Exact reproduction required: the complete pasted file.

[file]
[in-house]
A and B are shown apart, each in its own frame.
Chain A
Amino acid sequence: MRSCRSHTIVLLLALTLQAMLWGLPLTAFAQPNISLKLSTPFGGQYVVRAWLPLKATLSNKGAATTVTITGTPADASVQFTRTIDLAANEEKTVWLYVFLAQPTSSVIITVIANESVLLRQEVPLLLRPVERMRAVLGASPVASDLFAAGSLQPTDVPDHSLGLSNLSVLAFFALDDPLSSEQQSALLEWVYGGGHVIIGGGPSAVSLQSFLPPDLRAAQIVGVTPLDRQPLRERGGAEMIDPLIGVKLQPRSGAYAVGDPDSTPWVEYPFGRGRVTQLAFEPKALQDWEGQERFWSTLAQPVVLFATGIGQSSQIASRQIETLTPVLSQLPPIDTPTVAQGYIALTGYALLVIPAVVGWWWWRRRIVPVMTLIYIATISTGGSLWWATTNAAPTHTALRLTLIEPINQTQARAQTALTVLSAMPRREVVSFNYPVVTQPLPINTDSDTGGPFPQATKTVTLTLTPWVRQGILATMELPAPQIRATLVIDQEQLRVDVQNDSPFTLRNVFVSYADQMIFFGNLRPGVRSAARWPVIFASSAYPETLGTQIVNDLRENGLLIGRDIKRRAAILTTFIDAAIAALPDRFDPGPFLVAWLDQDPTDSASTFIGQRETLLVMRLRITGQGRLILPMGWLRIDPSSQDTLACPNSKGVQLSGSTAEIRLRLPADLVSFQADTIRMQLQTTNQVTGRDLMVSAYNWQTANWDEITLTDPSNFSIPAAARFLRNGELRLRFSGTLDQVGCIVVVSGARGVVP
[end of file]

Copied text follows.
[in-house]
A and B are shown apart, each in its own frame.
Chain A
Amino acid sequence: MRSCRSHTIVLLLALTLQAMLWGLPLTAFAQPNISLKLSTPFGGQYVVRAWLPLKATLSNKGAATTVTITGTPADASVQFTRTIDLAANEEKTVWLYVFLAQPTSSVIITVIANESVLLRQEVPLLLRPVERMRAVLGASPVASDLFAAGSLQPTDVPDHSLGLSNLSVLAFFALDDPLSSEQQSALLEWVYGGGHVIIGGGPSAVSLQSFLPPDLRAAQIVGVTPLDRQPLRERGGAEMIDPLIGVKLQPRSGAYAVGDPDSTPWVEYPFGRGRVTQLAFEPKALQDWEGQERFWSTLAQPVVLFATGIGQSSQIASRQIETLTPVLSQLPPIDTPTVAQGYIALTGYALLVIPAVVGWWWWRRRIVPVMTLIYIATISTGGSLWWATTNAAPTHTALRLTLIEPINQTQARAQTALTVLSAMPRREVVSFNYPVVTQPLPINTDSDTGGPFPQATKTVTLTLTPWVRQGILATMELPAPQIRATLVIDQEQLRVDVQNDSPFTLRNVFVSYADQMIFFGNLRPGVRSAARWPVIFASSAYPETLGTQIVNDLRENGLLIGRDIKRRAAILTTFIDAAIAALPDRFDPGPFLVAWLDQDPTDSASTFIGQRETLLVMRLRITGQGRLILPMGWLRIDPSSQDTLACPNSKGVQLSGSTAEIRLRLPADLVSFQADTIRMQLQTTNQVTGRDLMVSAYNWQTANWDEITLTDPSNFSIPAAARFLRNGELRLRFSGTLDQVGCIVVVSGARGVVP